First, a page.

RIYADH, Saudi Arabia — Saudi-owned media accused Iran-backed rebels in Yemen on Tuesday of targeting Islam’s holiest city Mecca after Riyadh and its allies said they had intercepted two missiles over the kingdom.
The exiled Yemeni government, which is based in Saudi Arabia, echoed the claim but the Houthi rebels denied any such attack.
Coalition spokesman Colonel Turki al-Maliki said two missiles were shot down between Jeddah and Taiz districts of Mecca province on Monday but did not elaborate on the suspected target or who fired them.
However both satellite news network Al-Arabiya and pan-Arab newspaper Asharq al-Awsat said the missiles were fired by Yemen’s Houthi Shiites rebels at Mecca.
They said it was the third such launch by the Houthis targeting the holy city since the Saudi-led coalition intervened in the war in Yemen in March 2015.
The Houthis denied any such missile fire, adding that they would have claimed responsibility if they had been behind a launch.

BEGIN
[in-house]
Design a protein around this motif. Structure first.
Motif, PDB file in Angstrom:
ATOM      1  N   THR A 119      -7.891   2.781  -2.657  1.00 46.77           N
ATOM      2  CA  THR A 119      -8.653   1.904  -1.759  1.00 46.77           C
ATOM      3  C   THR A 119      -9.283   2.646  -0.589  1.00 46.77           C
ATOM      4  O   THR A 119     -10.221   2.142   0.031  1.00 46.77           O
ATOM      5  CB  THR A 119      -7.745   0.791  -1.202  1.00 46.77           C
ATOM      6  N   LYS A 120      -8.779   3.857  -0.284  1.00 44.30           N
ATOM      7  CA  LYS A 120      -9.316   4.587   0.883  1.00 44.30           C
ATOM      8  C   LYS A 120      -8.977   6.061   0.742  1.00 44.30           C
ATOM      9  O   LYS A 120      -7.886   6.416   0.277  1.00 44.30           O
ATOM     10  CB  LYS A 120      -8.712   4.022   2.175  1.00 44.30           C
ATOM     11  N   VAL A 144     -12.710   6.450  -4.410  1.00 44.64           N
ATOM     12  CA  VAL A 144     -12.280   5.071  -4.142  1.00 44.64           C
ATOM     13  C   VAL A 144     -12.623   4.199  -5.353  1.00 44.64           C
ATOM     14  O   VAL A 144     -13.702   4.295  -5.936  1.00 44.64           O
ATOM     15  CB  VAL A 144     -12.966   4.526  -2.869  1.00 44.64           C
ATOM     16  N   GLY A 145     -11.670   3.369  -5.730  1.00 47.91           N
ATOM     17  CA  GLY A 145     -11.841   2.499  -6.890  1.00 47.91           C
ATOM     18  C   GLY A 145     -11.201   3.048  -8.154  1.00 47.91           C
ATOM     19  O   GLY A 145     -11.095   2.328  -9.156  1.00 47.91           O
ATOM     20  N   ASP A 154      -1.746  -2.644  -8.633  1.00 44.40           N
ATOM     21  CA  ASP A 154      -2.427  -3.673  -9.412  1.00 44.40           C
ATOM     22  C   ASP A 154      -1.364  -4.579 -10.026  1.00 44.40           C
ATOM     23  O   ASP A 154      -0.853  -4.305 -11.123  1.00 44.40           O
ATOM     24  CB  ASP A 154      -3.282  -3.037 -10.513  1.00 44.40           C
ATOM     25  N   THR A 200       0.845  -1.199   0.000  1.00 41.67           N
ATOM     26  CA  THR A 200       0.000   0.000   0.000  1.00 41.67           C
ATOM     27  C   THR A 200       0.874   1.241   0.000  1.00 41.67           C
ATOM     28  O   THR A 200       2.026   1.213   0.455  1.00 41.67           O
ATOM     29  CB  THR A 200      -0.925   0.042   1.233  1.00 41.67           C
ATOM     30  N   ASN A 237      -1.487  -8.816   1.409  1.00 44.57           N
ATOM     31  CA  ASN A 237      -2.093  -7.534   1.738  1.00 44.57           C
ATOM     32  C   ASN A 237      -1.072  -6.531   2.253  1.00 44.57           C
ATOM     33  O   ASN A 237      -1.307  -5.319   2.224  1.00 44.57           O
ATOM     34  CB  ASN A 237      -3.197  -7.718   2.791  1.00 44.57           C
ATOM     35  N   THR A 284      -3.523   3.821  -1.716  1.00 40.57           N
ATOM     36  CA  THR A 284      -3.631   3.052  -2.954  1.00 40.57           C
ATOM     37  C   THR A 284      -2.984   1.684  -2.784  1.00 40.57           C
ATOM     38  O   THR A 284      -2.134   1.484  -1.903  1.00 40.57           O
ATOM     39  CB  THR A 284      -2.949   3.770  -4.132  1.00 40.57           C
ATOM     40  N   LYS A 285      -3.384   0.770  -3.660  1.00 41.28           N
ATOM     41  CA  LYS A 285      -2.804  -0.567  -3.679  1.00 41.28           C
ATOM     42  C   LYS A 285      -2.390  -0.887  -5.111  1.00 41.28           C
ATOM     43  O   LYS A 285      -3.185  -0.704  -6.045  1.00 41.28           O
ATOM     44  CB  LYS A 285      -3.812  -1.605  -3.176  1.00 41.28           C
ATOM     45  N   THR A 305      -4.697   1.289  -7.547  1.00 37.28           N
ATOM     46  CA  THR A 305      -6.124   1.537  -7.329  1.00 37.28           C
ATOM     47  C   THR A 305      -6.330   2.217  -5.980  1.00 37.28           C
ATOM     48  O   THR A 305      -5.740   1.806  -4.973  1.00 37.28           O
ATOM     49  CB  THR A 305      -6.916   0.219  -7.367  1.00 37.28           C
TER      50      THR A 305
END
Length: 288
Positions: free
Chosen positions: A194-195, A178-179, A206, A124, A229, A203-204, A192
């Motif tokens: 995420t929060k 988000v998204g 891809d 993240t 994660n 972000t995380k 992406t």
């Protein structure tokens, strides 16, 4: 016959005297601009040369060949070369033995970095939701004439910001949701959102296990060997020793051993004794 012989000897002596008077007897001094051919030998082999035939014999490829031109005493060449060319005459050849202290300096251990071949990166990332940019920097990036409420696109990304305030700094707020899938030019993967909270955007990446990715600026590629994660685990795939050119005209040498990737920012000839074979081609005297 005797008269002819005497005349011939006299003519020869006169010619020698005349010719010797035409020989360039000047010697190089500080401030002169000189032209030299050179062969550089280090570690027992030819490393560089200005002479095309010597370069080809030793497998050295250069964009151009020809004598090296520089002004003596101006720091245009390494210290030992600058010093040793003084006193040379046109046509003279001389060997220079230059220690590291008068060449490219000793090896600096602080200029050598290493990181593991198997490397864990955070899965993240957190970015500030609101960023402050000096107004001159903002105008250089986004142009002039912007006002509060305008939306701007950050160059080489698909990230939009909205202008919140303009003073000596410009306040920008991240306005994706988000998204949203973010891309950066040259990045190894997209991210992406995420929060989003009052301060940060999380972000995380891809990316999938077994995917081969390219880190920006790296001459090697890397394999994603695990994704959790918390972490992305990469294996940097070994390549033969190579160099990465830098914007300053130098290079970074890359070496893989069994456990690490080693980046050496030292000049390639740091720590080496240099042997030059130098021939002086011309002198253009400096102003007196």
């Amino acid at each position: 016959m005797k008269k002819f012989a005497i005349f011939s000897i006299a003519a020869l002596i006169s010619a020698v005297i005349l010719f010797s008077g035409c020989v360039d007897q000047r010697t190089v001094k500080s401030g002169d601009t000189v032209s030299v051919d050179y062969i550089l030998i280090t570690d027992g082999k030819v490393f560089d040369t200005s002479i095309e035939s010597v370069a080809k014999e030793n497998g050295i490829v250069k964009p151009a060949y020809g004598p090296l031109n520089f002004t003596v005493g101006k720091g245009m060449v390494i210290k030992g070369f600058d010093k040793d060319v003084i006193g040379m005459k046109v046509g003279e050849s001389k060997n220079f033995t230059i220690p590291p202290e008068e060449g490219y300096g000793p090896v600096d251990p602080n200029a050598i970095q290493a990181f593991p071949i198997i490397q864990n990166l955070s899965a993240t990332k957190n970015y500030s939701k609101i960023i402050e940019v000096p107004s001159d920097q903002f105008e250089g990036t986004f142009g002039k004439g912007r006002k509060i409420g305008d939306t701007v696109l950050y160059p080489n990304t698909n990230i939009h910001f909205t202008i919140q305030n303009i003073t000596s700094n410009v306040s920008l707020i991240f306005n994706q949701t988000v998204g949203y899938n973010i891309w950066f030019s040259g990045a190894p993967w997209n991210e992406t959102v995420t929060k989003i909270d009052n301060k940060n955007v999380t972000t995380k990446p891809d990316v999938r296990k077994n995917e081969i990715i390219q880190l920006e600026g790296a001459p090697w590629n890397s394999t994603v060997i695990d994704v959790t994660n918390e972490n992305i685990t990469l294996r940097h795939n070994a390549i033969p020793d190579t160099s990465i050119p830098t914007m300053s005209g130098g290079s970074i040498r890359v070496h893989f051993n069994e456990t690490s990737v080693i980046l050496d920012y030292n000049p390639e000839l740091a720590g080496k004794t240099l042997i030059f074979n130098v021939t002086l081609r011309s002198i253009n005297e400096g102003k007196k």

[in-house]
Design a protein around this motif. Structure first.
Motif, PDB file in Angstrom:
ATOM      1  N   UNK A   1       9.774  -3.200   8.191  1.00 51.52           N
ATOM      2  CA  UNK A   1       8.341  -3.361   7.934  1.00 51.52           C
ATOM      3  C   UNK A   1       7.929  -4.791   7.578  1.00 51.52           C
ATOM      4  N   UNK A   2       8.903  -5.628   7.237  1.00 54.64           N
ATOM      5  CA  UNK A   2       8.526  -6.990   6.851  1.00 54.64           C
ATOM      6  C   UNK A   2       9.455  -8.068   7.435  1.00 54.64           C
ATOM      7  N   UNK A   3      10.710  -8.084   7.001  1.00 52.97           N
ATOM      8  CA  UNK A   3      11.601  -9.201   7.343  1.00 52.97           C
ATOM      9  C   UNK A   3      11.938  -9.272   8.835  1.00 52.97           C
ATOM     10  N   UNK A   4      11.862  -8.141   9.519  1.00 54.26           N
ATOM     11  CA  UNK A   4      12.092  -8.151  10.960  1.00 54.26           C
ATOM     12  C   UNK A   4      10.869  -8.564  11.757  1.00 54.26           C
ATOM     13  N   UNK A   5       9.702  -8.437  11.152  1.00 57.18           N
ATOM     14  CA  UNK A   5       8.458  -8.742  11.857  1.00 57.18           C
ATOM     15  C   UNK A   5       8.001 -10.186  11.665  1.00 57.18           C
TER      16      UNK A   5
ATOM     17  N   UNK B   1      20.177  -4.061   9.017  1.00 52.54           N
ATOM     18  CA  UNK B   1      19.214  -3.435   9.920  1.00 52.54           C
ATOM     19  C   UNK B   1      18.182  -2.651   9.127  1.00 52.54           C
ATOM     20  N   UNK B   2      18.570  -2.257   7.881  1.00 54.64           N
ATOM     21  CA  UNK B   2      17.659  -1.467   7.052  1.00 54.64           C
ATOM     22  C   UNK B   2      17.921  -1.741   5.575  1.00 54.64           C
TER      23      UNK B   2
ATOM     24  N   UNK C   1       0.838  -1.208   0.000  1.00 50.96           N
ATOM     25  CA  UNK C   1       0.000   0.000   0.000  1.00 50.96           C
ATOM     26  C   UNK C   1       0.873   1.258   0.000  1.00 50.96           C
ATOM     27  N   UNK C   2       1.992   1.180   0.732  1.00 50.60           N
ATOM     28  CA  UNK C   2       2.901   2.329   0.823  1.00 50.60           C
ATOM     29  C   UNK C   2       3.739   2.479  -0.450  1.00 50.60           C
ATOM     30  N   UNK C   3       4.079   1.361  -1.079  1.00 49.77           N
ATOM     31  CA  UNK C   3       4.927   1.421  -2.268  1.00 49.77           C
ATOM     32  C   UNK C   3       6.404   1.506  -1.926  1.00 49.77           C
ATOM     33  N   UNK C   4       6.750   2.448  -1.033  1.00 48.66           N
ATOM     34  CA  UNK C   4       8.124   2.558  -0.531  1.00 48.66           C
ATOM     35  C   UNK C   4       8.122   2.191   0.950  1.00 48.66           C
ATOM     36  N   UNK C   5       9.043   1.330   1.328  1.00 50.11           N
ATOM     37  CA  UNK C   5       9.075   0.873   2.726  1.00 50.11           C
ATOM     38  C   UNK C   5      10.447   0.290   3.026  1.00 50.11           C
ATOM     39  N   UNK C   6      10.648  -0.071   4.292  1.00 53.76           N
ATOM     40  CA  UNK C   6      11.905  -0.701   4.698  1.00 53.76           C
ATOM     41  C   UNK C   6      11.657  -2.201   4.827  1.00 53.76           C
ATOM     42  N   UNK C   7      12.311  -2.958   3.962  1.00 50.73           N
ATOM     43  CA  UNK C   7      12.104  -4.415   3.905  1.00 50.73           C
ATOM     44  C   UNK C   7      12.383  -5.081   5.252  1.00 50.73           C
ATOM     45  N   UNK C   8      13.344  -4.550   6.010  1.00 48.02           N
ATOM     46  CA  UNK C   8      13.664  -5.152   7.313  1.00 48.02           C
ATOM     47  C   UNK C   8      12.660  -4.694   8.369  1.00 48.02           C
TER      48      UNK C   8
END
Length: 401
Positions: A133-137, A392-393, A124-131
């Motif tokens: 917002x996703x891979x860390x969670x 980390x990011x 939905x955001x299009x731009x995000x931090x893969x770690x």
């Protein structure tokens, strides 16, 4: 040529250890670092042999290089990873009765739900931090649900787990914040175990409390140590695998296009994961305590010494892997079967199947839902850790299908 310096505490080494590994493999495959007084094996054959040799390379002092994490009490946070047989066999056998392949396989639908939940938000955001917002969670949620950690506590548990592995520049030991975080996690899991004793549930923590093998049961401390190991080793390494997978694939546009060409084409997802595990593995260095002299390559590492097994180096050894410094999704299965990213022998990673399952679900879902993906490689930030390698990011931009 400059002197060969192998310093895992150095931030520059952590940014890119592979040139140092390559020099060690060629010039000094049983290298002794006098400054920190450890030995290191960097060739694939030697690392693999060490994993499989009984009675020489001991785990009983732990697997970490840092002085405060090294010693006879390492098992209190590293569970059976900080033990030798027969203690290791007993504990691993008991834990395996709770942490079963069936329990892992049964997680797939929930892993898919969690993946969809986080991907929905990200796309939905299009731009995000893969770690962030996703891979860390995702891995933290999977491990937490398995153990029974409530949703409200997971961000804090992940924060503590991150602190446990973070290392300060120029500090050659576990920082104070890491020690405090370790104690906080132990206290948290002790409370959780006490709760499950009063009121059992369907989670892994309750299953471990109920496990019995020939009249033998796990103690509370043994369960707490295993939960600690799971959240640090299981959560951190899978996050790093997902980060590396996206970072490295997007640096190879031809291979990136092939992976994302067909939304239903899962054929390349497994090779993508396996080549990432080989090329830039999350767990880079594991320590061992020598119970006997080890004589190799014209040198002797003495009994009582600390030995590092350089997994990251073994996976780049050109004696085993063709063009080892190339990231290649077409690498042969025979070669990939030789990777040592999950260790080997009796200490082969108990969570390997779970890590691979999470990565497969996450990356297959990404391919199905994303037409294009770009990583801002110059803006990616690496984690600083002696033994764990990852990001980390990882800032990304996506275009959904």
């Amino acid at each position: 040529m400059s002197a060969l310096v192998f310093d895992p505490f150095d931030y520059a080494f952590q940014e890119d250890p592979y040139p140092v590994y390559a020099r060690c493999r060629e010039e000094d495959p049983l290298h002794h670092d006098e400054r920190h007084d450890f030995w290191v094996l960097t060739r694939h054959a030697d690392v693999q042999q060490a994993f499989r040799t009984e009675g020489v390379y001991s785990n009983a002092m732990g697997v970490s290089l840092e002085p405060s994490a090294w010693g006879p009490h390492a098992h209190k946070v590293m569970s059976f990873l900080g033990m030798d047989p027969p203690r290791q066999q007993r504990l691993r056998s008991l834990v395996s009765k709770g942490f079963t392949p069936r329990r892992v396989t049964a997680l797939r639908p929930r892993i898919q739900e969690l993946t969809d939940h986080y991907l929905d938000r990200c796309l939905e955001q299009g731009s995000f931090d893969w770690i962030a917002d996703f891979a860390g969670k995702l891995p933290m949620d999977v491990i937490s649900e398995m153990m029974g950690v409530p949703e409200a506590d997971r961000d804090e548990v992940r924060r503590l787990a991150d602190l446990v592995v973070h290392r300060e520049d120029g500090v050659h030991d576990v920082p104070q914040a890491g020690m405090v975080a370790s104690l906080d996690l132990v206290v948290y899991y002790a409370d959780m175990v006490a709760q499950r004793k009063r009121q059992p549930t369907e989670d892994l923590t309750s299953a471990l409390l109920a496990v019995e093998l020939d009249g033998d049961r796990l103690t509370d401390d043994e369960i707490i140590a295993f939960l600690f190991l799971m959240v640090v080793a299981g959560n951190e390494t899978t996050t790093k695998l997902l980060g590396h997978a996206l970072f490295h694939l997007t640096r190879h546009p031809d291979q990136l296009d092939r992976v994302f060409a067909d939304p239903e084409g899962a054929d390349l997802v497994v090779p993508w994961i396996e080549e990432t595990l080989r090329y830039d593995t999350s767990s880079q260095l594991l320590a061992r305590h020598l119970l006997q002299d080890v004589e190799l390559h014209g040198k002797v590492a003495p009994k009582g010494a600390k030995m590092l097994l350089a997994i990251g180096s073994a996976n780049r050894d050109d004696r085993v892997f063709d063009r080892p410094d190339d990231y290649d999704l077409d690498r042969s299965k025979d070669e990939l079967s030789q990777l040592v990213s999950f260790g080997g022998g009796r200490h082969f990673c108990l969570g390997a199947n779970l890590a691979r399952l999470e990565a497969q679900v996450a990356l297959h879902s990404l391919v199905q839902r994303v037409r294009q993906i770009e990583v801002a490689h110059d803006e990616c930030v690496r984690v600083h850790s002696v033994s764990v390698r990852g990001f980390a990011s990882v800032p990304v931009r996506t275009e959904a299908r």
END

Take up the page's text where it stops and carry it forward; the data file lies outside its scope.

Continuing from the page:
“We wouldn’t be embarrassed to claim any operation to defend our people and land,” a rebel spokesman said in a tweet.
The exiled Yemeni government’s information minister, Muammar al-Iryani, said: “The Houthi militias targeted Mecca,” adding that the “terrorist crime” was carried out “on orders from Iran,” Saudi Arabia’s arch rival.
The claim comes against a backdrop of rising regional tensions between Iran and Gulf Arab countries allied with the United States.
Saudi Arabia is to host twin summits in Mecca next week of the Arab League and of the six-nation Gulf Cooperation Council, which has been divided by a boycott of Qatar by Saudi Arabia and its allies.